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By Mike Johnson on 2024-02-22 13:05:00

For those who have asked, former WWF star William "Billy Jack" Haynes remains hospitalized, which is why he has not been officially arrested and charged in relation to the death of his wife in Portland, Oregon several weeks ago. is told that charges are forthcoming once Haynes is released and can be booked into jail and face arraignment.

Haynes, who was a massive star in the Portland territory and had runs in the WWF in the late 1980s, WCW (under as mask as Black Blood) as well as Florida, World Class Championship Wrestling, Jim Crockett Promotions, New Japan and other territories was arrested Thursday morning 2/8 after a two hour standoff with police after gunshots were reported coming from his home in the Lents area of Portland.  

Authorities received reports of a shooting at 6000 SE 100th Avenue around 9:52 a.m local time that day.

KOIN Channel 6, which was on the scene for the arrest, stated that Haynes, 70 (who had not been identified at that point) was not cooperative with the authorities who initially responded, leading to a special tactical team and crisis negotiators being brought to the home.  After two hours, Haynes was taken into custody.   His local neighborhood was ordered to shelter in place during the standoff.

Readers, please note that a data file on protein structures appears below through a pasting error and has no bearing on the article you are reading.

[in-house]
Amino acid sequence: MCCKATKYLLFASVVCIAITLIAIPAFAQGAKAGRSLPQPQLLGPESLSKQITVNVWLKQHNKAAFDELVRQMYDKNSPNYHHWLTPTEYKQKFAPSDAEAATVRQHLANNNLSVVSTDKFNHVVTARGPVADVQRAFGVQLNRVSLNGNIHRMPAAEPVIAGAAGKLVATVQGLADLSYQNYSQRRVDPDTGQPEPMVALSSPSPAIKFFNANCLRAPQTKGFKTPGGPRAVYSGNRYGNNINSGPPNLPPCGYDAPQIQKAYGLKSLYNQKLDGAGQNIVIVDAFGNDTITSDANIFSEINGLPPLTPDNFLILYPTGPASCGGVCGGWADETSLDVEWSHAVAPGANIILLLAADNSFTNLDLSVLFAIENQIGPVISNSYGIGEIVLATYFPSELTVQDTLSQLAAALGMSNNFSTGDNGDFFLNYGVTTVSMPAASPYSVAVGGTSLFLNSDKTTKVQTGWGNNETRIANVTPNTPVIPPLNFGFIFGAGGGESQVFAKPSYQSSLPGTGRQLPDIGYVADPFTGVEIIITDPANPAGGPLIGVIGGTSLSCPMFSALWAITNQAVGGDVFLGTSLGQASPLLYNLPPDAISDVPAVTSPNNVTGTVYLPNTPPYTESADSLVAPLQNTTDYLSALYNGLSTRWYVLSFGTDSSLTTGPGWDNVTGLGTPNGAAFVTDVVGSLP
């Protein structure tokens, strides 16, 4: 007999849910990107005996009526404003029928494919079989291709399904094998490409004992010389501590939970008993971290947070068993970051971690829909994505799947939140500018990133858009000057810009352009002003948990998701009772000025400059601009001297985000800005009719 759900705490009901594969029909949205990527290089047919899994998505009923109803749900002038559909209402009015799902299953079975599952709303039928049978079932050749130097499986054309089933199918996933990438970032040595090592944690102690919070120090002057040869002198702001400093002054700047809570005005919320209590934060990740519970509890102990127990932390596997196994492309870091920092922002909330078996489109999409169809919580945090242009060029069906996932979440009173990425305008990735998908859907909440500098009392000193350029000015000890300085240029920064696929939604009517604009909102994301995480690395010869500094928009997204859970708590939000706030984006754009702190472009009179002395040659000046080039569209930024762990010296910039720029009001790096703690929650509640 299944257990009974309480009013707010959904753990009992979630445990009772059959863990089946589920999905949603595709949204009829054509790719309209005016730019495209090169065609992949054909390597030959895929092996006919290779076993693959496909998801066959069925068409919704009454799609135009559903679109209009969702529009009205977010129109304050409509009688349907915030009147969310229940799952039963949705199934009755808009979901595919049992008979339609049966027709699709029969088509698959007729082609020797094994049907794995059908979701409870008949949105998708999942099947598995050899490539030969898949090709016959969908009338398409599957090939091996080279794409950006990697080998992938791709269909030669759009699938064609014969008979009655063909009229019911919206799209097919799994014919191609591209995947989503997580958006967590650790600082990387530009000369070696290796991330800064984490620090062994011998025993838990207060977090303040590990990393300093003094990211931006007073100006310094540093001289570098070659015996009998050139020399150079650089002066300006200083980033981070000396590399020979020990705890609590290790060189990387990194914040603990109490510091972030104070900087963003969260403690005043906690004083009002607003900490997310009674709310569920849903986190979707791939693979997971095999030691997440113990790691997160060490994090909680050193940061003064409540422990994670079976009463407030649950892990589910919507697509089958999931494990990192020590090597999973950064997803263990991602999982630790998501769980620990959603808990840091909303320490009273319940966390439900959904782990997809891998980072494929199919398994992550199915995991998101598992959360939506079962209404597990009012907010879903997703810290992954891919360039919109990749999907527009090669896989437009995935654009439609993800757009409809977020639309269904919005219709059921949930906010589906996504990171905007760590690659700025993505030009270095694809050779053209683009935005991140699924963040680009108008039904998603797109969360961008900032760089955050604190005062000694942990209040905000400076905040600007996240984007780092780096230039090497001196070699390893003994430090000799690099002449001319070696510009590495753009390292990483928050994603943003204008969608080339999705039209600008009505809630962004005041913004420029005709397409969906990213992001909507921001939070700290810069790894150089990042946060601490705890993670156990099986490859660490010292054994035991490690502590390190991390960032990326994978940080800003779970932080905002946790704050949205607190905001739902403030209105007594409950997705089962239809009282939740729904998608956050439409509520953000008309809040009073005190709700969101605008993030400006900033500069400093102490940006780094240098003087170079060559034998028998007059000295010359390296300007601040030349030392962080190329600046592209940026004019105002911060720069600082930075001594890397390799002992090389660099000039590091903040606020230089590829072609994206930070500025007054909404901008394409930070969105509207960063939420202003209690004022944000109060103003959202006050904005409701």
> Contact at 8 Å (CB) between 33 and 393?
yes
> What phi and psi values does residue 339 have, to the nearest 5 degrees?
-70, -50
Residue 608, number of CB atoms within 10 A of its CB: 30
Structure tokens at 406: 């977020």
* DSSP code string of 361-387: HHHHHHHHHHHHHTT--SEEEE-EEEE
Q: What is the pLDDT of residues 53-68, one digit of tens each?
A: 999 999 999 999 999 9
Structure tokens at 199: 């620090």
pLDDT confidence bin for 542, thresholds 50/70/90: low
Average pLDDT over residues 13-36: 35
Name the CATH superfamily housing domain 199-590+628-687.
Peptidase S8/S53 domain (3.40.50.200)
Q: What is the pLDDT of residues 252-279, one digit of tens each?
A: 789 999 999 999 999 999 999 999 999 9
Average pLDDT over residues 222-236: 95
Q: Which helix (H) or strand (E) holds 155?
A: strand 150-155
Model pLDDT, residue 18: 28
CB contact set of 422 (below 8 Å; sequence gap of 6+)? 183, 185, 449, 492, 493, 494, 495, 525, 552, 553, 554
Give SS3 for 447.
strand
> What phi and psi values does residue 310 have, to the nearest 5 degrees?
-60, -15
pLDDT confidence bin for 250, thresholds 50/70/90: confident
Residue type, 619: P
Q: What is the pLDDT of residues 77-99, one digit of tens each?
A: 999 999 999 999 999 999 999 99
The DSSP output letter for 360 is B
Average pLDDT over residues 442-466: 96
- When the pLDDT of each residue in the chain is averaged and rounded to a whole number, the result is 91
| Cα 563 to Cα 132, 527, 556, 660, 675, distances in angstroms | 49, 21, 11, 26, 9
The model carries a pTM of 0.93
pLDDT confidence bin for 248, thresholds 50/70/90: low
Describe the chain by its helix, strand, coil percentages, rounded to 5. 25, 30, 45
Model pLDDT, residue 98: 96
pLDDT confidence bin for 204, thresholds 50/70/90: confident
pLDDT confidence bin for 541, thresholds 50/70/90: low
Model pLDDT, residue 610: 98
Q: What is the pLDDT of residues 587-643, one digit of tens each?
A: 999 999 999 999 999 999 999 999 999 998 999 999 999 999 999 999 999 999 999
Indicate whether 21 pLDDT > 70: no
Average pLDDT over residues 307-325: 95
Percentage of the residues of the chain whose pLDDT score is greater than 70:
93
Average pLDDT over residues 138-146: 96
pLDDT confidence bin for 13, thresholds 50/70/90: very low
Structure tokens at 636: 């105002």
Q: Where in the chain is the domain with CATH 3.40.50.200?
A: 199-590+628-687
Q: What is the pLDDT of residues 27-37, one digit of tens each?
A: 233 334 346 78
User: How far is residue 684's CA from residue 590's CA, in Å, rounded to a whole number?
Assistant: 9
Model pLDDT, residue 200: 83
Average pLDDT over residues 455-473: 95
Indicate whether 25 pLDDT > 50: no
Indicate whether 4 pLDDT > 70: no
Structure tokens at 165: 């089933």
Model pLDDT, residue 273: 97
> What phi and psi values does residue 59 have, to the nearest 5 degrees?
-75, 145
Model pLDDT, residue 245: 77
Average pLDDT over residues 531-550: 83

Local reports stated that Janette Becraft, 85, of Portland, Haynes’ wife, was found dead in the home.  Once Haynes was taken into custody, authorities began a homicide investigation.  Haynes was questioned overnight and remains in custody.

The Medical Examiner has determined Becraft died of homicide by gunshot wound.

Sgt. Kevin Allen told on 2/10, "I can confirm that the man we detained last night remains in police custody this morning. He has not been booked into jail or charged with a crime, so we are not releasing his name at this time. I’m in communication with detectives and we will update the news release as soon as there is a development to report." 

Brilynn Matthieu, a neighbor with ties to the family, was interviewed by Portland FOX affiliate KPTV FOX 12 stating, “It’s a tragedy all around.  Finally, being able to process the severity of the proximity of how close we were in nature.  It’s my dad and I live and help take care of them. Recently, I was just taking care of his wife who had ongoing dementia. I was pretty decently close to both of them and loved them very much.”

Other Portland media outlets identified the person taken into custody as a former professional wrestler but Haynes’ name was not revealed.  Multiple reports have identified Haynes ahead of the Portland Police officially naming him.

Haynes in recent years had become more known for outlandish claims and conspiracy theories made while doing shoot interviews but at one point was one of the most popular talents for Don Owens’ Pacific Northwest territory in Portland.  

With a chiseled physique and a hat and nickname taken from the 1971 film Billy Jack (for which he was threatened with a lawsuit from the actor who starred in the film, Tom Laughlin, resulting Haynes’ real life last name being added to his ring name), Haynes’ rugged toughness and tenacity as a performer was never in question.  He utilized a full nelson as his finisher during a period where fans still could believe it was a true finishing move.   With a background in boxing and street fighting, Haynes' toughness was never questioned.